He’s another smaller scat-back type like Jordan with excellent bursts and lateral quickness to move away from defenders. Watch for both to light up the test track in Indianapolis. Bailey might be the better athlete of the pair, but it’s only by a smidge. They need good weeks in pass protection drills to prevent consternation about their lack of size in Mobile. Both guys certainly have the ability in the pass-and-run game to wow some people like De’Von Achane or Tyjae Spears. Jordan clocked in with an overall grade of 87.9, while Bailey scored 84.7 by PFF metrics.
1. Rasheen Ali | 6’0 209 | Marshall
2. Isaiah Davis | 5’11 217 | South Dakota State
3. Dylan Laube | 5’10 203 | New Hampshire
4. Marshawn Lloyd | 5’9 215 | USC
5. Kimani Vidal | 5’8 218 | Troy
The Marshall product was sensational as a redshirt freshman, rushing for over 1,400 yards and 23 touchdowns before missing most of 2022 with injury. He returned to form in 2023 as a redshirt junior, rushing for 1,100 yards and 13 touchdowns, cementing his spot for Mobile. Ali isn’t the fastest athlete, but he can accelerate quickly. He has some nifty footwork while managing the wash of the trenches. A home run hitter in open space from anywhere on the field. He has some of the best instincts and vision in the class and uses it well to glide through open holes.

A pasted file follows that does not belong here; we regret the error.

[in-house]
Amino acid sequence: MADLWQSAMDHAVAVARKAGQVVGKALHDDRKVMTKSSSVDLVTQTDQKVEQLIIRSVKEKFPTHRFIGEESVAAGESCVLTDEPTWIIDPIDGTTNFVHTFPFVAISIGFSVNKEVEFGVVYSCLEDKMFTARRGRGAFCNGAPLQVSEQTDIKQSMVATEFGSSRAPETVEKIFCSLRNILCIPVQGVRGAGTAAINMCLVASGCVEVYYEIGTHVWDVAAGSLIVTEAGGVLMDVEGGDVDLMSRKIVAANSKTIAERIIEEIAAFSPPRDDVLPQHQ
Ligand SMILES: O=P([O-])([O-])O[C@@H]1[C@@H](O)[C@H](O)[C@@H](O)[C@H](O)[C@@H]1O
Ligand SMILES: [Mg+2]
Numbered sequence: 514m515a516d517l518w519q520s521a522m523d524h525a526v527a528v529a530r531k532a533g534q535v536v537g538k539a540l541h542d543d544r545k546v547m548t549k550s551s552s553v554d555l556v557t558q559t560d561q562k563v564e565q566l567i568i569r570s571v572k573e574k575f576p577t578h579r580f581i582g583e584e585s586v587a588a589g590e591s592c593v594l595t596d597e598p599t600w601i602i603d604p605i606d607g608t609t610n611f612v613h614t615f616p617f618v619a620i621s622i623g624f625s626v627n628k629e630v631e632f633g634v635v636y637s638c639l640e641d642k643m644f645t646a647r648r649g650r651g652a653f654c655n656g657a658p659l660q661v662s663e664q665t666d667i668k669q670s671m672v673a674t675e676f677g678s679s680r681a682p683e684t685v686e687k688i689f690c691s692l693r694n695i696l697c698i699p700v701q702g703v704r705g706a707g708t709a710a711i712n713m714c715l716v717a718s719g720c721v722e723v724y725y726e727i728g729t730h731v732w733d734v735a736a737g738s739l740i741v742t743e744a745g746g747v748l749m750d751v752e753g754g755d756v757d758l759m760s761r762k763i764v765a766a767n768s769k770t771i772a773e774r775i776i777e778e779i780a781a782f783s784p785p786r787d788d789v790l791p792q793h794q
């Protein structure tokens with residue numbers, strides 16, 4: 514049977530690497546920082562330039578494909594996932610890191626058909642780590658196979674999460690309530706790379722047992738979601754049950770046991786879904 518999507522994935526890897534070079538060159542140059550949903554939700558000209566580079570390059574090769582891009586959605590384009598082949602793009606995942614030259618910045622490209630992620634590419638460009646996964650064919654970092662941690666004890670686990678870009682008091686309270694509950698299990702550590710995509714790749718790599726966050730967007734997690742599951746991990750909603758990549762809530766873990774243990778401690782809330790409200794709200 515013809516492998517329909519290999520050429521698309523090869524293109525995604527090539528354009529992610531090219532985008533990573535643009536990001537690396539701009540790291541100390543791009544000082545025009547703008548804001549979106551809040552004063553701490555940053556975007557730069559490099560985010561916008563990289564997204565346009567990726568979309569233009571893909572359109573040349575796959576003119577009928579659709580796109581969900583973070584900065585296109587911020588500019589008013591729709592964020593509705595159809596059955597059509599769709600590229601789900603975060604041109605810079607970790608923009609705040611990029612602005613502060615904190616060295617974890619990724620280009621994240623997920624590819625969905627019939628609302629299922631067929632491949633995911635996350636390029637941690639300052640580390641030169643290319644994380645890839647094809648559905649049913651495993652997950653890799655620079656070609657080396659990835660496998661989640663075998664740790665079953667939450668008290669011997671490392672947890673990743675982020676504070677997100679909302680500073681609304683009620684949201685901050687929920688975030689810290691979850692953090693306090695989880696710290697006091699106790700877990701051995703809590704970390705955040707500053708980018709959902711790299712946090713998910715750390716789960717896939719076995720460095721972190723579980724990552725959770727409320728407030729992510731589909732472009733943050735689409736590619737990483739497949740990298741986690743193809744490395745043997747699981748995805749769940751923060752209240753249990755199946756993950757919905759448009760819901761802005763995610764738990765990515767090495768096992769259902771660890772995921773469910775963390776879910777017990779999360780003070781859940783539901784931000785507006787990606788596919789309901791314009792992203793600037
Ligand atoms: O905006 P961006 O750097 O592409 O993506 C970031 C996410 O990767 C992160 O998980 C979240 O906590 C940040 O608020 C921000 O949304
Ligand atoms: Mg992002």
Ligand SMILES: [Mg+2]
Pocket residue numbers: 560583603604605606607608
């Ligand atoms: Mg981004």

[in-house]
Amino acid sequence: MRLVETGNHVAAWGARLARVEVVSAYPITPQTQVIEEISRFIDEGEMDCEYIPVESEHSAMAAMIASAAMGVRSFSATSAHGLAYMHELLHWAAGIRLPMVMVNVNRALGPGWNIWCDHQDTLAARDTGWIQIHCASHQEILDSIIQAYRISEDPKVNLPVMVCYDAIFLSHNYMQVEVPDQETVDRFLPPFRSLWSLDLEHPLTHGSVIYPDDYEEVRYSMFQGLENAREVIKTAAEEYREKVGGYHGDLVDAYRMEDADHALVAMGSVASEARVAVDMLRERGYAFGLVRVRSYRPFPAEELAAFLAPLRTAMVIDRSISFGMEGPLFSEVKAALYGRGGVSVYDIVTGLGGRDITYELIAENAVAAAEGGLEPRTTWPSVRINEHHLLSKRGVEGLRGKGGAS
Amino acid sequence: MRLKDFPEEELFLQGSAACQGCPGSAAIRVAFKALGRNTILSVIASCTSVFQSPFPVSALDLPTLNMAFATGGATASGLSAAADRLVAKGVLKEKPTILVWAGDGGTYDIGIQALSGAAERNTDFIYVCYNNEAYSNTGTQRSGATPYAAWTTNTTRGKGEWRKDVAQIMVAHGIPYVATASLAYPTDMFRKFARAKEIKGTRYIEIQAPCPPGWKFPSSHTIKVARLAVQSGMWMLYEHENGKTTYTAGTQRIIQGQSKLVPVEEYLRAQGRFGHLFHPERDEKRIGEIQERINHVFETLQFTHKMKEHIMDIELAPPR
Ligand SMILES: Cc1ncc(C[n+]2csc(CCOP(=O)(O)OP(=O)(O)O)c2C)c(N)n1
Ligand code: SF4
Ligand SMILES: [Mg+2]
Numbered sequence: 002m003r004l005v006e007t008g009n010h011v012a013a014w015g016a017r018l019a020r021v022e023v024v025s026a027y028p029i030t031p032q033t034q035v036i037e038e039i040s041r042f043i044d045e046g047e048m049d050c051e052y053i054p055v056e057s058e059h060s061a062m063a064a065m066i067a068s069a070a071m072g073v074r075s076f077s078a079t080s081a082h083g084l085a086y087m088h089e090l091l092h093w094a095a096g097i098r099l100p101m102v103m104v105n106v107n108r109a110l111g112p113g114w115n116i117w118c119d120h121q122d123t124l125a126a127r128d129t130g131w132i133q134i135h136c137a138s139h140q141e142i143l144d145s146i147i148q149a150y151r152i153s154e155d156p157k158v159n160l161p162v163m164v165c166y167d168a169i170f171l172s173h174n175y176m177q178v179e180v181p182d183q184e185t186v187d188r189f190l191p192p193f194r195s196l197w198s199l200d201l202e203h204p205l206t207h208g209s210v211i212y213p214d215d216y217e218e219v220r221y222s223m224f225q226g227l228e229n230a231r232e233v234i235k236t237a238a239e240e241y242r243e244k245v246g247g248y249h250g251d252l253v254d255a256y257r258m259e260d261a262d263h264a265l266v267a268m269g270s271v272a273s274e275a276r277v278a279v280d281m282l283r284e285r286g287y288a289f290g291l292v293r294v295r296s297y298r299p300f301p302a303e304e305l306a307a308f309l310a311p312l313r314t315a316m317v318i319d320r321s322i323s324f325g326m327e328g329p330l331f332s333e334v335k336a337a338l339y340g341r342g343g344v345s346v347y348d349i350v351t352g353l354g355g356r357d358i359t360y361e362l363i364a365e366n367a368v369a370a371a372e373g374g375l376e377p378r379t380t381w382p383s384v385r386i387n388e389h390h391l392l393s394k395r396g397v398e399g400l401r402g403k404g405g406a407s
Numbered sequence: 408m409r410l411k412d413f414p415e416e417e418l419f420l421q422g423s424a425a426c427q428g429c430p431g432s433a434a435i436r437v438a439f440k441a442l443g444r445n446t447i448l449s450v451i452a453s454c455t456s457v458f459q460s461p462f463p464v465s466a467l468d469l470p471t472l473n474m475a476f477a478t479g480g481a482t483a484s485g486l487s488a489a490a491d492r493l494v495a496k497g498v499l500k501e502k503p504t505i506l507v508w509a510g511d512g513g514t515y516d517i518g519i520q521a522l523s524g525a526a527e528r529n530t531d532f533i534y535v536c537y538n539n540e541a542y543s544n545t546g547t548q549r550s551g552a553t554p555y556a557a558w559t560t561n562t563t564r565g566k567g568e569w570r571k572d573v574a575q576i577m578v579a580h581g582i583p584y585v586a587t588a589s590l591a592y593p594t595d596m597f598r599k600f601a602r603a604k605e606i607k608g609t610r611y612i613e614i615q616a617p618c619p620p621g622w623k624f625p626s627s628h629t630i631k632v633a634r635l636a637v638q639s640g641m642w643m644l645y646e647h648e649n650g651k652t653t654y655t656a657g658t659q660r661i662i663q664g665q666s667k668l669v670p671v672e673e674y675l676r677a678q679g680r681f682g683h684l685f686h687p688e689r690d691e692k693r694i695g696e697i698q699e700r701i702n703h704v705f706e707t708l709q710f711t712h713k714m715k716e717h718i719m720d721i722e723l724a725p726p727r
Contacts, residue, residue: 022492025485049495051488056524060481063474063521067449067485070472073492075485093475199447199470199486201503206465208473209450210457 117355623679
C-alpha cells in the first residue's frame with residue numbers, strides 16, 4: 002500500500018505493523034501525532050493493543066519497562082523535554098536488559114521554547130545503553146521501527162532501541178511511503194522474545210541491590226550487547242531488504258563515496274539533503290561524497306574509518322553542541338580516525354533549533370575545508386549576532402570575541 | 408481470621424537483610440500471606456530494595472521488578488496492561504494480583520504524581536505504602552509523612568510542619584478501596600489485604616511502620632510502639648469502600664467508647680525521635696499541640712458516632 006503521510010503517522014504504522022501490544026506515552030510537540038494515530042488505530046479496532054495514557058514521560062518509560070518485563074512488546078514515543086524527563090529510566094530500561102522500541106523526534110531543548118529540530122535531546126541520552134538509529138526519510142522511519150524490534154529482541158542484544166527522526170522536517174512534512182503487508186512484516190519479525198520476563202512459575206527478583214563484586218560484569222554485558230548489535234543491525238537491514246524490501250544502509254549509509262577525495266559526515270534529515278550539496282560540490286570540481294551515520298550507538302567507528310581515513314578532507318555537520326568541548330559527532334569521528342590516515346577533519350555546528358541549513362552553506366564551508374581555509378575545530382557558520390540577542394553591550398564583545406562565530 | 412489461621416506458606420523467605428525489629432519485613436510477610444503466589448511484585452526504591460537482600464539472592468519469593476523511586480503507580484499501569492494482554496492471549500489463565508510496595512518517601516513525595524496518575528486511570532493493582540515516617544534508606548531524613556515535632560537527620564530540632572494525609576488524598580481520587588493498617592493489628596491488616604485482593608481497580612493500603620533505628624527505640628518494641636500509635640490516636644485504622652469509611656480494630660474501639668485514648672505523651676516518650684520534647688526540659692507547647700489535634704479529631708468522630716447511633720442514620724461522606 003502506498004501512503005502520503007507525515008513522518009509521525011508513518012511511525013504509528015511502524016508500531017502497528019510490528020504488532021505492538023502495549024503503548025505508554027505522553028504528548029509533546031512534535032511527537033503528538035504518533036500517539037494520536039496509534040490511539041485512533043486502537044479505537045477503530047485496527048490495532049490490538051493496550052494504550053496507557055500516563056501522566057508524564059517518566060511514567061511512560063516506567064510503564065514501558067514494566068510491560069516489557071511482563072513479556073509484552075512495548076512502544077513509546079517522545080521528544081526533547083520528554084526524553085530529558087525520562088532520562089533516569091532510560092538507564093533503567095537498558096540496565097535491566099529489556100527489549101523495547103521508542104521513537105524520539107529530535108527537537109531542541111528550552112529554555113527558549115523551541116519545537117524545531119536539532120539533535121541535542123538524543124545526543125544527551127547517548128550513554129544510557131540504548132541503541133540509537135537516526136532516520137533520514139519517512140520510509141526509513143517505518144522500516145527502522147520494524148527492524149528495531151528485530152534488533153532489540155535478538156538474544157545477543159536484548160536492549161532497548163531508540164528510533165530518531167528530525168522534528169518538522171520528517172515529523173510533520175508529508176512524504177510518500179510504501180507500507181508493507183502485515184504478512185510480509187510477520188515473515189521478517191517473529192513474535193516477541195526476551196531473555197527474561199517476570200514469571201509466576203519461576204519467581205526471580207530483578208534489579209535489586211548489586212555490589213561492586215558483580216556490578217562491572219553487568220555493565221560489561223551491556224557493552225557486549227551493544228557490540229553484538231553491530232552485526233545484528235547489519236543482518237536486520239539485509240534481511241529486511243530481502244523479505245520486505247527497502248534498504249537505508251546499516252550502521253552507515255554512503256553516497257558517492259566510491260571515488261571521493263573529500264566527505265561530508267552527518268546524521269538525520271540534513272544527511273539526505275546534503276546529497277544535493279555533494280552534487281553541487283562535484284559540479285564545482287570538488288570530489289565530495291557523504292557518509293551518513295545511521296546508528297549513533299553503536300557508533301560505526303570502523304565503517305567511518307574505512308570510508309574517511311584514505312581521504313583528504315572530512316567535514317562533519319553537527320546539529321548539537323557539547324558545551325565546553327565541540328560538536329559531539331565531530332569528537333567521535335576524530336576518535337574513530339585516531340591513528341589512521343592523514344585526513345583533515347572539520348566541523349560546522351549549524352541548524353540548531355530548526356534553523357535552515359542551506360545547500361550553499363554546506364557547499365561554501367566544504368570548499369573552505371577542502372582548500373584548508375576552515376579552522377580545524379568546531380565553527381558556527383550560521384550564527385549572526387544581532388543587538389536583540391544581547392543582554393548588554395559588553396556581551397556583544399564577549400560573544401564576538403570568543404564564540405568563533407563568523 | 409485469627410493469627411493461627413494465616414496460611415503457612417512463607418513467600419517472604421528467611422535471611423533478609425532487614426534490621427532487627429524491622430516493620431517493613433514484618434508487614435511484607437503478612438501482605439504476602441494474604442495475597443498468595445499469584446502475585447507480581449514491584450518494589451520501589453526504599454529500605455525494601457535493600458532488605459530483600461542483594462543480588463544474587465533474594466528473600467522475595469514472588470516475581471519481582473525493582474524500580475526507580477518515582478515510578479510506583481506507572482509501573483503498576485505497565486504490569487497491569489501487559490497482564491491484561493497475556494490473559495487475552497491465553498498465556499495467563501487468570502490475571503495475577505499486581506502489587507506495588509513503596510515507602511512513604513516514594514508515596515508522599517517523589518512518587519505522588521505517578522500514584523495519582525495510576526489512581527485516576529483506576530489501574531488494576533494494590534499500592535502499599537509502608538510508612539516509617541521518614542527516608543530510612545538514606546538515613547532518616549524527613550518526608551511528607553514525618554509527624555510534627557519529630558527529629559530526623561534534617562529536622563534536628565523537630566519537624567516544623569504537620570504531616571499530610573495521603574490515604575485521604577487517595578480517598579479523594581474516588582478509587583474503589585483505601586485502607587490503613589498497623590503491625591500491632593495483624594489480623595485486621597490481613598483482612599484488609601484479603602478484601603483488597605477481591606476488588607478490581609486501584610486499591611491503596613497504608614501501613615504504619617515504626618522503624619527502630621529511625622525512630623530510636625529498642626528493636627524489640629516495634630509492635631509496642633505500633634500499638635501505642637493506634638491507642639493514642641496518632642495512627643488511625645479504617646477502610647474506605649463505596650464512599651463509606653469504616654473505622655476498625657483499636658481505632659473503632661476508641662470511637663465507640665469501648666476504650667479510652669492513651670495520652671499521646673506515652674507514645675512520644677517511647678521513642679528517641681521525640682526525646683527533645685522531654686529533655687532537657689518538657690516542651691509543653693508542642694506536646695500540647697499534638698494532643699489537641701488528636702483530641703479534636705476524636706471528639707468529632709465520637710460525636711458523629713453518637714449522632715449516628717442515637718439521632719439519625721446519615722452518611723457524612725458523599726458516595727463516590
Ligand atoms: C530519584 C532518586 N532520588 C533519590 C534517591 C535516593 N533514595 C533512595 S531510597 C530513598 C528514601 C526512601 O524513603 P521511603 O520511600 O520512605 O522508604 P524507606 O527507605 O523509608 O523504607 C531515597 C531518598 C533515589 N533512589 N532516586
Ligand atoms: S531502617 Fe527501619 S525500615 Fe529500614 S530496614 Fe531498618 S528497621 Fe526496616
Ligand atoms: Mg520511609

Teams will be interested in his medical profile as he missed most of 2022 and parts of 2023 due to injury. Mr. Ali will need a big week in Mobile to shake some concerns and boost his stock into the early Day 3 range. With his cutting ability, he’s a throwback to the Shanahan zone-based run game.
Davis was the engine behind the Jackrabbits’ back-to-back national championship teams. He’s a name that everyone should know by the end of the draft process. The star runner has been very productive, averaging over 100 yards per contest for the past three seasons. He posted consecutive seasons of 1,400+ yards and 33 touchdowns in that time. Seeing how he does in a bigger setting like the Senior Bowl will be interesting. While he isn’t the fastest back, he makes up for it with great footwork and vision. The former Jackrabbit should do well next week and get on the radar as a possible Day 2 selection.
Marshawn Lloyd and Kimani Vidal
Vidal exploded onto the scene in 2023 with an impressive 1,600-yard and 14-touchdown effort for Troy. He’s a solid athlete but doesn’t have that breakaway gear. While that isn’t a hindrance for most runners like Vidal, it limits his ceiling. He has increased his production annually, so that’s a positive. He’ll need a solid week in the drills to get noticed on Day 3. PFF graded him as the sixth-best runner with a score of 92.4.
Speaking of former Trojans, Lloyd gets a little lost in the shuffle, thanks to the Caleb Williams hoopla. He isn’t the biggest back but makes up for it with effort in both blocking and as a runner. He actively looks to initiate contact instead of shying away from it. Lateral quickness is another major positive to his game. ML isn’t the fastest but has a ton of burst to accelerate away from defenders and a deep bag of feints and jukes to keep himself out of harm’s way. The former Gamecocks rusher transferred to USC for his final collegiate season and was productive. He ran for 800+ yards and nine touchdowns with 232 yards on 13 receptions. The passing game is where he shines quite frequently using his deep speed. He can cement himself as a top ten back in the class with a good week.